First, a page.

Midcentury Manila’s Ken and Isa Mishuku on bringing vintage pieces to your home

Published June 11, 2021, 11:22 AM

by John Legaspi

Isa and Ken Mishuku

“It all started with a passion,” Ken and Isa Mishuku would always say when asked about how their furniture brand Midcentury Manila began. Who can blame them? Producing items that will boost one’s living demands more passion than business skills. But what they gave to Filipino design fanatics is more than just good-looking items, but mid-century modern furnishings filled with stories. Their brand gives a chance to homeowners to have a piece of history in their living room, whether in the form of refurbished vintage Severin Hansen sewing table, an Isamu Noguchi light fixture, or a Harry Bertoia Diamond chair.

Mid-century modern design movement rose to fame after World War II. Many said that, after the war, when all the guns were fired and the bombs were dropped, there were only ashes to be reaped. But the thing about post-war ambiance is that there’s always a need for beauty. We’re not saying that we need conflict now and then just to inject aesthetics in our lives—we can do less of that. What we cannot deny is that destruction and creation goes hand-in-hand throughout history. That time, mid-century modern design was the beauty people needed. And it is just so fitting that this design movement is reaching its peak in the Philippines, amid its war against an invisible enemy today.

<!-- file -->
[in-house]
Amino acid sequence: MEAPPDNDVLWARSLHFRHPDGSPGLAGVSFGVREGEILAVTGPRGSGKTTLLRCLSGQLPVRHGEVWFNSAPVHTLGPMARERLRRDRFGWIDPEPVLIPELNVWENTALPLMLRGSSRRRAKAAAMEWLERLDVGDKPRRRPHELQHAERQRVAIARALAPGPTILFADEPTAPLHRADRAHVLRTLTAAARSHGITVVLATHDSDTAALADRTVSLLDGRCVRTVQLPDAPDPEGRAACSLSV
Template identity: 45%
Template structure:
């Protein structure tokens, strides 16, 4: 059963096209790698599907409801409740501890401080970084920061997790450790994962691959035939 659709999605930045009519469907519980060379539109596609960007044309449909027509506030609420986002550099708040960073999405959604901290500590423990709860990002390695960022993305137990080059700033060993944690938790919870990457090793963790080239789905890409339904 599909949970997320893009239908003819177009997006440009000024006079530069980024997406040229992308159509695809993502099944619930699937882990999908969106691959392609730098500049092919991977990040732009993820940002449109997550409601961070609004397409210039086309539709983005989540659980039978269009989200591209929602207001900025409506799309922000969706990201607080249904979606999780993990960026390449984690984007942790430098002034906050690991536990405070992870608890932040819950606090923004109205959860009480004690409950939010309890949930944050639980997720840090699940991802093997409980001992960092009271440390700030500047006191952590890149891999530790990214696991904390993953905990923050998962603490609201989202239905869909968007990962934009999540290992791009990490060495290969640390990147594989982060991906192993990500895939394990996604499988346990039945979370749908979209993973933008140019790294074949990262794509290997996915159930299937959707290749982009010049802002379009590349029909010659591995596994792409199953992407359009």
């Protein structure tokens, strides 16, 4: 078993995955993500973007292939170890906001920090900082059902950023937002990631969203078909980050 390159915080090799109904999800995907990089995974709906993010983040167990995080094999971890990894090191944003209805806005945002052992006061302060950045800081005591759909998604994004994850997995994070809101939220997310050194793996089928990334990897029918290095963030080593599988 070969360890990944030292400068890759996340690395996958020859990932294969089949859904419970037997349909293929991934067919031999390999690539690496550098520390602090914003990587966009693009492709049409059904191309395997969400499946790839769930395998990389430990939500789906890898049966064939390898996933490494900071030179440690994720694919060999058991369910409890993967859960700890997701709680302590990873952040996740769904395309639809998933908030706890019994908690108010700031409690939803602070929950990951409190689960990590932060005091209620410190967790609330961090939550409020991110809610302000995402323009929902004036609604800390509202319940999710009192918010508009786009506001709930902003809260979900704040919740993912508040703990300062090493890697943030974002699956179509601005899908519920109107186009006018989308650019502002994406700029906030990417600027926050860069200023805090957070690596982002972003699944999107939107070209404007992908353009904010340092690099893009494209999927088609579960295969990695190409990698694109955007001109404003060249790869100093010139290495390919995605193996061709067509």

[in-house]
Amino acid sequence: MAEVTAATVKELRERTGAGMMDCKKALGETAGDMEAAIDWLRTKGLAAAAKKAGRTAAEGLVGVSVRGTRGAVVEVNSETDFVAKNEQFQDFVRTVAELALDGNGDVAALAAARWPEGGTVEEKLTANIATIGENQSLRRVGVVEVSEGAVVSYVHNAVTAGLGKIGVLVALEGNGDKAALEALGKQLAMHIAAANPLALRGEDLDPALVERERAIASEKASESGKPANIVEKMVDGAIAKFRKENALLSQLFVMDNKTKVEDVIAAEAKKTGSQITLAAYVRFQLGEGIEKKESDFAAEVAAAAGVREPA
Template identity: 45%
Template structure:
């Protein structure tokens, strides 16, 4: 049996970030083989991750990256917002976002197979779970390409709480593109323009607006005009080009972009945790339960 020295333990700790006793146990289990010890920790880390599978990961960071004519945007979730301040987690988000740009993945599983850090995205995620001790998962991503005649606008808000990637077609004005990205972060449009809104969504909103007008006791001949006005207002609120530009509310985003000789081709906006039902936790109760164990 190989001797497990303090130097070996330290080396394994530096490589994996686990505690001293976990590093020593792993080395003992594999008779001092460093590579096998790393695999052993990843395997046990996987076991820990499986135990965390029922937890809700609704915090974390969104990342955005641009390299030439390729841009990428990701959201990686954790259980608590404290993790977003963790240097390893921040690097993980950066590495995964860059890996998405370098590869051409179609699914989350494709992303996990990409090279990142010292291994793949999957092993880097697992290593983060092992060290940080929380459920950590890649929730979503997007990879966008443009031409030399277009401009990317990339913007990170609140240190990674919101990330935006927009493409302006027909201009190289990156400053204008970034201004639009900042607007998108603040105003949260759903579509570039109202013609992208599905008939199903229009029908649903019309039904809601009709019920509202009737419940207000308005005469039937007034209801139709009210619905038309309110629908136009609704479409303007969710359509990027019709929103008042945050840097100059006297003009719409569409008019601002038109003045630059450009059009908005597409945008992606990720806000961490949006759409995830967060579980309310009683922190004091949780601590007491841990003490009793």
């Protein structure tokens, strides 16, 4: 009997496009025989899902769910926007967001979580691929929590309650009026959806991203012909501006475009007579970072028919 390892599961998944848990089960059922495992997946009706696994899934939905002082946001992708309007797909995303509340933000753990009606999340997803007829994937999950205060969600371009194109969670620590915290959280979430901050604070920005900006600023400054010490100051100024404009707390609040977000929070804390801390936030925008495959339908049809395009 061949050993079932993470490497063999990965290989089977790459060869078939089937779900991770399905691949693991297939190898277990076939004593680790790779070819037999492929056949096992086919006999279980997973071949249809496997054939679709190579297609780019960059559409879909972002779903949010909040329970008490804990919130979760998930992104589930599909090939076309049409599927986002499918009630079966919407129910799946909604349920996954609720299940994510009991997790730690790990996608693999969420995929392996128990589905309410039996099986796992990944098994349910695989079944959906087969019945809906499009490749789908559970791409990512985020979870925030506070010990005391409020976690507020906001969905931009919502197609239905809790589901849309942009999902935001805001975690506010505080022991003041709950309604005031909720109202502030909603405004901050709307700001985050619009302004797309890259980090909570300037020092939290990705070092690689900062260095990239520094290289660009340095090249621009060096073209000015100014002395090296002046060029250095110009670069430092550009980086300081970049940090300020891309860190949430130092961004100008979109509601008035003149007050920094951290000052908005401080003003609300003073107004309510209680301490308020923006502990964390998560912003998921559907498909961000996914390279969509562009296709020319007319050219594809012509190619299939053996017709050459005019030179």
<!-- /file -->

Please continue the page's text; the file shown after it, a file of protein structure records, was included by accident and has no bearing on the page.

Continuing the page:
Midcentury Manila’s Eames pieces

“Filipinos are very aspirational,” Ken tells Manila Bulletin Lifestyle. “We may not have a big house but we want our home to be presentable. We are one of those Asian countries that are very inviting, we love to host and entertain. That’s how we are and that’s one of the reasons why mid-century modern appeals to the Filipino. For us, having a piece in that aesthetic is like having an accessory in the house, it is a piece that tells a story.”

One of the factors that led to their company’s success is the power of the internet. While many now see the advantage of building a virtual space for their business, Midcentury Manila already took the digital leap back in 2017 and eventually found a community for its works.